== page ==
Back when Yu Gi Oh cards and Final Fantasy 11 were life, Terrell and I took a short break from Ryan’s basement and jogged down to the basketball court a block away. Mayfair was the nice neighborhood then, where one could go to shovel snow in the winter because people there owned houses and would pay good money for weak minds and strong backs. Half a block into our run we came dangerously close to a white woman in her 20’s wearing a matching sweatsuit (this is before yoga pants were poppin). I hadn’t even noticed her (sans yoga pants), until Terrell started cracking up as we ran past her. She dove off the sidewalk with a ghastly expression on her face. The reaction was similar to when people see un-neutered male pitt bulls strolling around off leash.
“Haha, did you see her fucking face?” said Terrell.
She stared us down as we passed until we were a decent ways off, then she continued running. In the opposite direction. I laughed and Terrell and I made infinite jokes about what she must have been thinking about the two basement dwelling soft-core nerds who ran past her. Two ornery naggers assaulting her space in broad daylight. Certainly if she’d ever seen the news, there was an intractable belief that we were evil–violent rapists and “super predators.” This is way before America admitted to unarmed black kids being shot at more casually than a game of Duck Hunt, before Black Lives Matter, before the Charleston Church shooting (which was almost the 100th such shooting…) But that’s because, like Coates said, all of this is old to black people.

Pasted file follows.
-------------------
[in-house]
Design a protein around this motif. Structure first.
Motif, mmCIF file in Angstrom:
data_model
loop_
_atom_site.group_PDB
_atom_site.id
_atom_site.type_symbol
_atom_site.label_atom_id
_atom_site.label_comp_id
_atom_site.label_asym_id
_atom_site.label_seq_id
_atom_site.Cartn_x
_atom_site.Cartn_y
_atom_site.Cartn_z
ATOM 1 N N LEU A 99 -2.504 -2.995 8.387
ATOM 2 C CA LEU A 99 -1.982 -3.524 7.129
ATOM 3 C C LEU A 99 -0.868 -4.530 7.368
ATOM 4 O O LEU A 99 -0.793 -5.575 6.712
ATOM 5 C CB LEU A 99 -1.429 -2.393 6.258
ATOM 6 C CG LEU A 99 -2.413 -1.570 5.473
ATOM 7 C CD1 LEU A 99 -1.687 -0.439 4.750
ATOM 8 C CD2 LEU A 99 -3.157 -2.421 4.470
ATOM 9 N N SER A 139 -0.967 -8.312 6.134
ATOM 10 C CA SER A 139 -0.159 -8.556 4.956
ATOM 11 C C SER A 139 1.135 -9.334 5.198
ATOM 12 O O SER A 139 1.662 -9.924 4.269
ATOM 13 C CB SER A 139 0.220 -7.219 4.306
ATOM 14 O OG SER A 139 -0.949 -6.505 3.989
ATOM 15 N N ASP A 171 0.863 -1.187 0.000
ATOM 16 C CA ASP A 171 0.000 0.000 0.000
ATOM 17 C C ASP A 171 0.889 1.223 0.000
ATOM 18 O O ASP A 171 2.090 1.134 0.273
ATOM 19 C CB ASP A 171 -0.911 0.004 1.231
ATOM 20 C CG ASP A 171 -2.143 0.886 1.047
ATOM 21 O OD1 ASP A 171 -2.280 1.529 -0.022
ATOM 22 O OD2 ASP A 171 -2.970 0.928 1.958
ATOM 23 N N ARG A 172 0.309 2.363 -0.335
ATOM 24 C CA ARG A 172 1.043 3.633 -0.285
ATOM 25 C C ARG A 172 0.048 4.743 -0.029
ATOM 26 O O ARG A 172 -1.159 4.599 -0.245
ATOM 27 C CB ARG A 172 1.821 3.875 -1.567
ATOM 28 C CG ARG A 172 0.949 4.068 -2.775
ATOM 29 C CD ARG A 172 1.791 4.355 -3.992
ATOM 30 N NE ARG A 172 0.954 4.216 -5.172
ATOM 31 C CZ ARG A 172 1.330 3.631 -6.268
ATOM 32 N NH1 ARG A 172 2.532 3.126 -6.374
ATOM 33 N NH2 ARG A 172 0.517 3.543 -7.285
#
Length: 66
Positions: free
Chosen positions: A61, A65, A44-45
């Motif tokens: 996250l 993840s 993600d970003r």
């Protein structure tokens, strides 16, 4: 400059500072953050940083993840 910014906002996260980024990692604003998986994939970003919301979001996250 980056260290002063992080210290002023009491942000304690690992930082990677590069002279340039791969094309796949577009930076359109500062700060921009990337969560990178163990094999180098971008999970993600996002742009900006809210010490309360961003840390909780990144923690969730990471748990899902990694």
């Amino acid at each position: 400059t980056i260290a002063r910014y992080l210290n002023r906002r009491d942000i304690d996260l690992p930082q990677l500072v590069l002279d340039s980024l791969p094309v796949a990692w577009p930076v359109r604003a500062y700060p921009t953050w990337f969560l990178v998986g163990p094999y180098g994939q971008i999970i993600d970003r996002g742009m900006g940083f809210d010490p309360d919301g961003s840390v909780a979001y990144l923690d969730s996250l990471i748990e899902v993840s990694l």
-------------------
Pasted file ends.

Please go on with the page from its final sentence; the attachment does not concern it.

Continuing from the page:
But I digress.
We were Black Men in Public Space after all, even though I hadn’t considered it at the time and that woman wasn’t my first or last victim. I had been largely optimistic, that is to say ignorant of more subtle racial tensions on a personal level until then because my life was surrounded primarily by brown faces and troubles of more immediate concern. My conversations about race up until then had simply been jokes or listening to white friends complain about how hard their lives were in spite of their being white (which still happens), but I never felt threatened by that. I never felt like having disagreements with friends–even about race matters–directly diminished my place in the world, plus I always thought they’d grow out of the constant need to be the societal centerpiece (like I said, optimistic). Clearly I was wrong, and often times their subconscious beliefs manifest themselves in infuriating ways. By that I mean our subconscious beliefs.
There have been numerous times growing up where I felt the need to apologize for black people. Without realization, I bought into the idea that everything black had to be exceptional or else. I never judged other races by this same standard but I had nothing but vitriol for other blacks whom I’d thought embarrassed me, or the race. Why must only blacks be judged by our most diabolical members?
I cared way too much about what white people thought. Sometimes I still do and I have to catch myself.
Years later, while helping me (I use that word loosely) move into my new apartment on Pennsylvania avenue, Terrell said something in the hallway that I later gave him shit for.
“Damn, this place is nice. Where all the white bitches at!?” he said.
Granted, it was a little too loud, and I can’t exactly defend it. The associations in his words were troubling; nice=white. Bitches=women. But they were not out of the ordinary, and he was clearly joking. Yet the disdain I felt for that little instance was completely out of proportion, which in retrospect, makes me feel a little nasty. What I should have done was introduce him to my new roommate, and left it at that.